GDPR (General Data Protection Regulations) are new EU regulations which will make the current Data Protection regulations much stronger.  GDPR comes into force in May 2018 and, if breached, could result in a fine of up to 4% of global turnover.

Respect for privacy, security of data and awareness of breaches will be key.  Organisations have a duty to report a breach within 72 hours.  If that breach is potentially of high privacy risk, then affected individuals should also be advised of the data breach. This is a significant change to the current Data Protection regime in the UK.

The definition of personal data has been extended and includes anything that could be used to identify an individual. This includes, for example, genetic data and even IP addresses. The GDPR will be more robust in its protection of data than anything we have previously seen and businesses will be more accountable.

More detailed information can be found on the Information Commissioners Office website 

Will GDPR still apply post Brexit?

The regulations will still affect UK organisations despite Brexit.  The UK government and the Information Commissioners Office (ICO) have indicated that, even if they don’t continue with GDPR after Brexit, they will be looking for something equally as robust.  Similarly, if you are processing the information of EU nationals or trading across the EU, then you will need to abide by its regulations.

Will my organisation be affected?

Every organisation processing personal data must carry out safeguards against loss, theft and unauthorised access.  This applies to all organisations from Corporates and SMEs, to charities, healthcare providers and councils.


Key steps to GDPR Compliance

Cyber Essentials Certification is a great first step.  It can mitigate ICO fines if a company suffers a breach and provides evidence that you have carried out basic steps towards protecting your business and your data from internet based cyber attacks.  However, GDPR requires more than just having baseline IT security controls in place.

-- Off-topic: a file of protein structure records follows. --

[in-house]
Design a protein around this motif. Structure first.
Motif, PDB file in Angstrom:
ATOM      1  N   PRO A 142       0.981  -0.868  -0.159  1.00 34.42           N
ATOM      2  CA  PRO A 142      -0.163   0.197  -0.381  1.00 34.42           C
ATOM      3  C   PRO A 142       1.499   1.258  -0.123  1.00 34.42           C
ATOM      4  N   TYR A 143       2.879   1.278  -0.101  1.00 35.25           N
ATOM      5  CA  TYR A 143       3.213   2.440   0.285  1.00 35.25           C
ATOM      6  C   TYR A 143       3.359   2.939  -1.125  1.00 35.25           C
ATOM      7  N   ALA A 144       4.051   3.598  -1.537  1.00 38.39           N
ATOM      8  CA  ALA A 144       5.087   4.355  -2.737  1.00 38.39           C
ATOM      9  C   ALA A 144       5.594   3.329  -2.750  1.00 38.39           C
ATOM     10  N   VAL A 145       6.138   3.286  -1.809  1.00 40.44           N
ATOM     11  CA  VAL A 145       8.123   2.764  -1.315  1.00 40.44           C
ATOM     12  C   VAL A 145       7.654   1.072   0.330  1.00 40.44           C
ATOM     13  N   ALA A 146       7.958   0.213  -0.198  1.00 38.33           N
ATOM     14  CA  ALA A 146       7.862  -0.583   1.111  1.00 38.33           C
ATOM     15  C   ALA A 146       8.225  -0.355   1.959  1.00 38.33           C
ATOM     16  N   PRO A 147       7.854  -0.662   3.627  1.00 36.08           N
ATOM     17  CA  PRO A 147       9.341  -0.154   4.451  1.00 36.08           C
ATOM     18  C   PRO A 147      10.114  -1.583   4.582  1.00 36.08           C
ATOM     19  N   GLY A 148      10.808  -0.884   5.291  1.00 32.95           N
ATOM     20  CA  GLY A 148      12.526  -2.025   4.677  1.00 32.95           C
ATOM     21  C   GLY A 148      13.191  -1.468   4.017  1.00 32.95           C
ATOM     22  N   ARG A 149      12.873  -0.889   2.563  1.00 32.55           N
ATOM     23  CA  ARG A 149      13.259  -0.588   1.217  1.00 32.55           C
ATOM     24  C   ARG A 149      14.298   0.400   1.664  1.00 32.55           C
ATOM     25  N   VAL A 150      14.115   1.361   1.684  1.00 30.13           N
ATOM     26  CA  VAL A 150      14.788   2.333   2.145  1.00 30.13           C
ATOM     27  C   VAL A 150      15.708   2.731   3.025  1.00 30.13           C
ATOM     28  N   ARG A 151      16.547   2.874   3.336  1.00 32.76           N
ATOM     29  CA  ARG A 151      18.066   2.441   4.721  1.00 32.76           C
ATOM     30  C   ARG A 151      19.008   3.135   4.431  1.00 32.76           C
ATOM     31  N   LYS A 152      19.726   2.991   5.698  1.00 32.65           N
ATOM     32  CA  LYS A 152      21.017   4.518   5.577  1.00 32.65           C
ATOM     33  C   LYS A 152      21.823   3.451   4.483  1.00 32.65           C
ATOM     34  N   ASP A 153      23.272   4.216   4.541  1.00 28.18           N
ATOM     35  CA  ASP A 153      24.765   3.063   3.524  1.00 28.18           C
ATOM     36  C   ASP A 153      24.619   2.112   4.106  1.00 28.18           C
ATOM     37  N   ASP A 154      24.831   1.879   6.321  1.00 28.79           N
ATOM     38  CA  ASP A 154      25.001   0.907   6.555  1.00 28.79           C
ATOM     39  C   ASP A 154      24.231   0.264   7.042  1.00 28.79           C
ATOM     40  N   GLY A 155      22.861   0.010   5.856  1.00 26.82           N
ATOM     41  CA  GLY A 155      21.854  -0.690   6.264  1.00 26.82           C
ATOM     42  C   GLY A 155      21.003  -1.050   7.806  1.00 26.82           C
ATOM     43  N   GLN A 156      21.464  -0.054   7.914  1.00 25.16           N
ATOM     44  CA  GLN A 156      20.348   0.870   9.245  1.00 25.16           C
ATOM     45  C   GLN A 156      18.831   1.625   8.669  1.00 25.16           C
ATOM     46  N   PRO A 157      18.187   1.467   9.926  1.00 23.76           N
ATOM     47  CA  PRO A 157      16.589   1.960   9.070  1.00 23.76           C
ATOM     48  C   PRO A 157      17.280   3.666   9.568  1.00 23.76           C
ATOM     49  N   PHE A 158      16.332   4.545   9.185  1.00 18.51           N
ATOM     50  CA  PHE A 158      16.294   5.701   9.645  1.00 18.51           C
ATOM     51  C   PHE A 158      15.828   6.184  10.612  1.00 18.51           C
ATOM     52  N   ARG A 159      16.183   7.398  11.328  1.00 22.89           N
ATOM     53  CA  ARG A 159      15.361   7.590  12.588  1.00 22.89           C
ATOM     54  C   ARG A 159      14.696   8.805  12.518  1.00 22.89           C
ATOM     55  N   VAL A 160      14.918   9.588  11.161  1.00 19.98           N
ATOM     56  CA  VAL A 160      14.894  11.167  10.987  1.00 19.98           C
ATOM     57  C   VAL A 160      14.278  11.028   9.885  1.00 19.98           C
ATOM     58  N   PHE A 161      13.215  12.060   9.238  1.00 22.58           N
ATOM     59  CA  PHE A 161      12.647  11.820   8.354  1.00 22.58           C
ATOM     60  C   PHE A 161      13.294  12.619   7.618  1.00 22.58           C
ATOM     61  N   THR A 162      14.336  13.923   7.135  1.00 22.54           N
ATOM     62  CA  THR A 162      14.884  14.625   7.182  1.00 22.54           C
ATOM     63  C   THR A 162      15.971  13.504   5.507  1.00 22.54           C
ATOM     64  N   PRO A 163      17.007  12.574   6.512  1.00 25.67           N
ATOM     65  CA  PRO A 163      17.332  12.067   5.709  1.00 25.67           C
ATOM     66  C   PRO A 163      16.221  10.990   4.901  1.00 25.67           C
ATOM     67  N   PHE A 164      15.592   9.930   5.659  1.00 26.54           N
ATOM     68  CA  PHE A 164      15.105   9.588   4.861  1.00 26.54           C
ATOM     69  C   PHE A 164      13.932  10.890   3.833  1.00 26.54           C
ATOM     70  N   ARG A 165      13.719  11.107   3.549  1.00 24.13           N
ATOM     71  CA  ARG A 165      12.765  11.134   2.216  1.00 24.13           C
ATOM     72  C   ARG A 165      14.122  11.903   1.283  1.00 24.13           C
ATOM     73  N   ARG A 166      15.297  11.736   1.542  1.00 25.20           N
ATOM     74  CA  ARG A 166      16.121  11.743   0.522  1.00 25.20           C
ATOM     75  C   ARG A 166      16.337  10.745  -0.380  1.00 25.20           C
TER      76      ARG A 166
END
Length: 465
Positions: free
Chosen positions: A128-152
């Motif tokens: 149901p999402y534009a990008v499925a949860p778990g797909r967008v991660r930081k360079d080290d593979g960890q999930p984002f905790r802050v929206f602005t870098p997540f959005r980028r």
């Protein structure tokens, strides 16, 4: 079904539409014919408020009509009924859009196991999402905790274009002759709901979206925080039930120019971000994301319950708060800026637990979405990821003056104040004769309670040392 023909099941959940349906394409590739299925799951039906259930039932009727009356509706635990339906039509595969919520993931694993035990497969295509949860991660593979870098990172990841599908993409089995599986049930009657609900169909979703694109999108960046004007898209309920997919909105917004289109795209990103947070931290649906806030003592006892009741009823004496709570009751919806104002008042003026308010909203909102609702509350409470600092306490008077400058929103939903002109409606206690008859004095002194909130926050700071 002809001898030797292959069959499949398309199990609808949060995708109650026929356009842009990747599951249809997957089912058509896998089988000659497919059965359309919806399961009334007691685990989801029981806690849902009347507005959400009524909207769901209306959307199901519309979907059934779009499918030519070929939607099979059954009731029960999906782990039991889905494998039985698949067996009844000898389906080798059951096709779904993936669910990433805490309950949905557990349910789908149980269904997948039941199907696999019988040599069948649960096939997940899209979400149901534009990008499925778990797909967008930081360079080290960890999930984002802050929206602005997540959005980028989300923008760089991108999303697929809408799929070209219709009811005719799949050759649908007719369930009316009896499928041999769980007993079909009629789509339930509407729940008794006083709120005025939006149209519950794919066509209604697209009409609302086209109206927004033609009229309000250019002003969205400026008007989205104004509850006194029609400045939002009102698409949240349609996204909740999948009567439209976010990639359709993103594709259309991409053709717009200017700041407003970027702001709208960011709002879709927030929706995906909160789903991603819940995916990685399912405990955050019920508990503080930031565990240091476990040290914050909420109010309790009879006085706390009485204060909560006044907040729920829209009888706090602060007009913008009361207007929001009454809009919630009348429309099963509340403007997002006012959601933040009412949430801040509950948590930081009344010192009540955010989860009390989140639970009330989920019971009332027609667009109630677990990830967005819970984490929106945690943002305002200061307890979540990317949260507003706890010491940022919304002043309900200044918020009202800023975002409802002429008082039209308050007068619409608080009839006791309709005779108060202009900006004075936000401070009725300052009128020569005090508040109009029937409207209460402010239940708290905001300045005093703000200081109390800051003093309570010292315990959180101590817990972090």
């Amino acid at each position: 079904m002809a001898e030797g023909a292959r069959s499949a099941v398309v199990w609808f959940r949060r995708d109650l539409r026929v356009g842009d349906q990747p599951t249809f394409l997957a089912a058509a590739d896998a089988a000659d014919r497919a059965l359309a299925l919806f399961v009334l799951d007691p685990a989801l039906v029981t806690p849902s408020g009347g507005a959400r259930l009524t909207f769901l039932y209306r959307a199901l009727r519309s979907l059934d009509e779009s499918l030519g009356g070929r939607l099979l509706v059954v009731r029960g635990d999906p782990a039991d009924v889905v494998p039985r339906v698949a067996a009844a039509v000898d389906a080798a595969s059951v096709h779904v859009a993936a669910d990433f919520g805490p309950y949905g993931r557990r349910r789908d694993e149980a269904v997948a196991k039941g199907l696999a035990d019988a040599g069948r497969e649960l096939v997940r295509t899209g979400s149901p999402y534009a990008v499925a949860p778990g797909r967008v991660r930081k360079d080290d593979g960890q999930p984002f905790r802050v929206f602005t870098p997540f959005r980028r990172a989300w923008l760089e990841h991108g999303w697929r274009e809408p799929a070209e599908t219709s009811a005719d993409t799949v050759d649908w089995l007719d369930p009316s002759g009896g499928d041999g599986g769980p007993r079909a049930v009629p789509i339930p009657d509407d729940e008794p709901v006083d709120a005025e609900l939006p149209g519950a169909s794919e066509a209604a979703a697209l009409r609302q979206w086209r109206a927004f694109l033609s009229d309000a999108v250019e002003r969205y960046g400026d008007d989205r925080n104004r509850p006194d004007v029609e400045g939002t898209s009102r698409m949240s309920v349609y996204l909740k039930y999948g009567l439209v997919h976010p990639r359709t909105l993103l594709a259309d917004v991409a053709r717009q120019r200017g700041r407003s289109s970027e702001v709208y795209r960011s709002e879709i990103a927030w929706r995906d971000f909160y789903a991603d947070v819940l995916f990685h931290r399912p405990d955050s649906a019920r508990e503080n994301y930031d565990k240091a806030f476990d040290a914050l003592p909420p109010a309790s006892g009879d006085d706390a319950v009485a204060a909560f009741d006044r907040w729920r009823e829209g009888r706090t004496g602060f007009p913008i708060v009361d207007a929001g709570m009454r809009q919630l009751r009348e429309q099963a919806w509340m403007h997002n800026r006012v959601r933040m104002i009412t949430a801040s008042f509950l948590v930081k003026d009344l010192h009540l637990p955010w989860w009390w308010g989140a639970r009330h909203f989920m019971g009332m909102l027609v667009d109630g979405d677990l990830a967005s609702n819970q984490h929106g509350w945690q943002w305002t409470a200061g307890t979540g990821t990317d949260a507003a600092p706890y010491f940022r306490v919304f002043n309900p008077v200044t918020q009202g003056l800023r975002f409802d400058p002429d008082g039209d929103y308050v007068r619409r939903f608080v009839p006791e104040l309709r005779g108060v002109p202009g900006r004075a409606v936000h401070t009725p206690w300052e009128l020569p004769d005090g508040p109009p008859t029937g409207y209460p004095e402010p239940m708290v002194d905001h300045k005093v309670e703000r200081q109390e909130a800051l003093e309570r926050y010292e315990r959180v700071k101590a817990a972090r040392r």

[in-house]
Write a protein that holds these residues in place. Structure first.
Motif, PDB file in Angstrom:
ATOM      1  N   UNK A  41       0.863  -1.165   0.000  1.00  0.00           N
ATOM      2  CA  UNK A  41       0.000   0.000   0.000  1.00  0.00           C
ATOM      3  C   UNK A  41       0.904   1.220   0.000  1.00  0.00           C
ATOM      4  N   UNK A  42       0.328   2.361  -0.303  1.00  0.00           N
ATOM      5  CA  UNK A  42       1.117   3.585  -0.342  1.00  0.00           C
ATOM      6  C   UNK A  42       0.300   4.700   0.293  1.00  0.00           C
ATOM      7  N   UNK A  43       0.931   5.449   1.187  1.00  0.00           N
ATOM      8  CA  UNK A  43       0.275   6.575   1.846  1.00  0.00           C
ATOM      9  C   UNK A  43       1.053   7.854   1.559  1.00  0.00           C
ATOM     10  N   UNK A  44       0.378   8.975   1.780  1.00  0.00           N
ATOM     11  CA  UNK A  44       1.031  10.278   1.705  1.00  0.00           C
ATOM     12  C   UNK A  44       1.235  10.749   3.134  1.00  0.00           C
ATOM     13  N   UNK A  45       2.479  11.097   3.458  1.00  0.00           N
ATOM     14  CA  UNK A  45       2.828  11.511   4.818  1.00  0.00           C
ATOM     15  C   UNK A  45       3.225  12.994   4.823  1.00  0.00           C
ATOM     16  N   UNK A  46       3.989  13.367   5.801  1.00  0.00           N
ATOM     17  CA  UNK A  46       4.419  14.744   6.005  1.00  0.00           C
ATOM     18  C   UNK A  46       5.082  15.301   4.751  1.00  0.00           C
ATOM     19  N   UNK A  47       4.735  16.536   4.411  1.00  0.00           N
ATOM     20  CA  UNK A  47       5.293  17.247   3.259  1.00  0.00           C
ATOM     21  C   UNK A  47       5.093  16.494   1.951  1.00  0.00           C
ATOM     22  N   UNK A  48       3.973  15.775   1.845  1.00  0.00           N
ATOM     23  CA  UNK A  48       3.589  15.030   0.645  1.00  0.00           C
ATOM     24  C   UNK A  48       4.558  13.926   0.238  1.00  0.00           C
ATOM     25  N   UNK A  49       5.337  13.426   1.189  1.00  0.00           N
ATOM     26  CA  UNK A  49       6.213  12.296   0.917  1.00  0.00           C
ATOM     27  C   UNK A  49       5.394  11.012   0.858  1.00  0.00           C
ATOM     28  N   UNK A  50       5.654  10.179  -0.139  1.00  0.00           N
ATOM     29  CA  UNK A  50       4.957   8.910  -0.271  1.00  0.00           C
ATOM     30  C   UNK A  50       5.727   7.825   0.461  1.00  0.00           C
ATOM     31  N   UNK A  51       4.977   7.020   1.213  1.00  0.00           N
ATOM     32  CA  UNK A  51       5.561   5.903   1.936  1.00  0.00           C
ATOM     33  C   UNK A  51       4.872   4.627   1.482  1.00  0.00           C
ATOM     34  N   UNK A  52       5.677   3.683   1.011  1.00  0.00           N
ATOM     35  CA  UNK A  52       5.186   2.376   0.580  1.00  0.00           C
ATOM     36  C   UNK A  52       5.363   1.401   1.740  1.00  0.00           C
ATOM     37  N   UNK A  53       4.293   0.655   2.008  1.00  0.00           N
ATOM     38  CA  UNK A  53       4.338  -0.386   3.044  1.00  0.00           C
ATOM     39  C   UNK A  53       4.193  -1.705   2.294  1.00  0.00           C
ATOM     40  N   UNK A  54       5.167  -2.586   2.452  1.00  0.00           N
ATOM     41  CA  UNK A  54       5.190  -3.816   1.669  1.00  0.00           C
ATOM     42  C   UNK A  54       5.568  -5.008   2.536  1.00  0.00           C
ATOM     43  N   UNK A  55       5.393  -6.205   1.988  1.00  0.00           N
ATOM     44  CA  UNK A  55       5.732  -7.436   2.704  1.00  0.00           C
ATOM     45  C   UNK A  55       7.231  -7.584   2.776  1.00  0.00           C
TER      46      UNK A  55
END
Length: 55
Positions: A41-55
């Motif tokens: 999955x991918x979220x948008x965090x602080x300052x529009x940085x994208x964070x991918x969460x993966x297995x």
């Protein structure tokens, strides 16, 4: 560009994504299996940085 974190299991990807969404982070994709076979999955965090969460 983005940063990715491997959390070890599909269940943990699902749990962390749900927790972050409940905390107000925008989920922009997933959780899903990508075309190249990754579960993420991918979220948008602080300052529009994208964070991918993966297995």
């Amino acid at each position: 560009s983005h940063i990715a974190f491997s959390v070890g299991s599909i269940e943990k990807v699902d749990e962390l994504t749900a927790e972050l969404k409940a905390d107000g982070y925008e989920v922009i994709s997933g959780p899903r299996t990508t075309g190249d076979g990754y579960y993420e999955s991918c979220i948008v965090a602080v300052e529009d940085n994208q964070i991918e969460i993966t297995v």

The IASME (Information Assurance for Small & Medium Enterprises) Governance is the only standard recognised by the UK Government as evidence that you have prepared for the introduction of GDPR.

It incorporates three key elements:

  1. Cyber Essentials Certification – included as standard, this demonstrates  you have the baseline cyber security measures in place
  2. Information Assurance  – many of these are required for GDPR compliance; such as assessing business risks, training staff, dealing with incidents and handling operational issues.
  3. A specific GDPR question set – demonstrating that your organisation has a wider governance system for management of the controls protecting personal data and is “GDPR Ready”


When you achieve IASME Governance Certification, you receive a badge that can be used on your website and email signature that shows you have robust Information Assurance measures in place.

In our capacity as an IASME  Governance Certification Body, we offer  IASME Governance Packages  from just £400.

Act now to avoid leaving your organisation exposed when the new legislation comes into force.